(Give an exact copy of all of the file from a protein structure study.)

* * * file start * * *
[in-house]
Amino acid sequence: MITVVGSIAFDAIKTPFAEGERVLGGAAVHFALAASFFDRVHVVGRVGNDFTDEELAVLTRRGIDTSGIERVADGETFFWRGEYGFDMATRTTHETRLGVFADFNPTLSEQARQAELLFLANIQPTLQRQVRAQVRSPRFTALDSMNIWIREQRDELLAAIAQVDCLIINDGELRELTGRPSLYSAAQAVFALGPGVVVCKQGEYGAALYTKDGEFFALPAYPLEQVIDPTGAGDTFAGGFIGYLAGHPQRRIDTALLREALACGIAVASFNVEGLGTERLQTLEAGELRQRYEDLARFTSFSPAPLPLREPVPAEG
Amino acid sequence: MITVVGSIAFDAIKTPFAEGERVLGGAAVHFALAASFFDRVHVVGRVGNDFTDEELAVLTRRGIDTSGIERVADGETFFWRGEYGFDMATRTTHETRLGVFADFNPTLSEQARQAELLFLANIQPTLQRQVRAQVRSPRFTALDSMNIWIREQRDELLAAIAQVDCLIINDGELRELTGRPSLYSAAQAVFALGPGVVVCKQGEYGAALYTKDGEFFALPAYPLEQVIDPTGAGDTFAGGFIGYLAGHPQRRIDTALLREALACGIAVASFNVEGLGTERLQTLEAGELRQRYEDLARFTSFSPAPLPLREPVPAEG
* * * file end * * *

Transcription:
[in-house]
Amino acid sequence: MITVVGSIAFDAIKTPFAEGERVLGGAAVHFALAASFFDRVHVVGRVGNDFTDEELAVLTRRGIDTSGIERVADGETFFWRGEYGFDMATRTTHETRLGVFADFNPTLSEQARQAELLFLANIQPTLQRQVRAQVRSPRFTALDSMNIWIREQRDELLAAIAQVDCLIINDGELRELTGRPSLYSAAQAVFALGPGVVVCKQGEYGAALYTKDGEFFALPAYPLEQVIDPTGAGDTFAGGFIGYLAGHPQRRIDTALLREALACGIAVASFNVEGLGTERLQTLEAGELRQRYEDLARFTSFSPAPLPLREPVPAEG
Amino acid sequence: MITVVGSIAFDAIKTPFAEGERVLGGAAVHFALAASFFDRVHVVGRVGNDFTDEELAVLTRRGIDTSGIERVADGETFFWRGEYGFDMATRTTHETRLGVFADFNPTLSEQARQAELLFLANIQPTLQRQVRAQVRSPRFTALDSMNIWIREQRDELLAAIAQVDCLIINDGELRELTGRPSLYSAAQAVFALGPGVVVCKQGEYGAALYTKDGEFFALPAYPLEQVIDPTGAGDTFAGGFIGYLAGHPQRRIDTALLREALACGIAVASFNVEGLGTERLQTLEAGELRQRYEDLARFTSFSPAPLPLREPVPAEG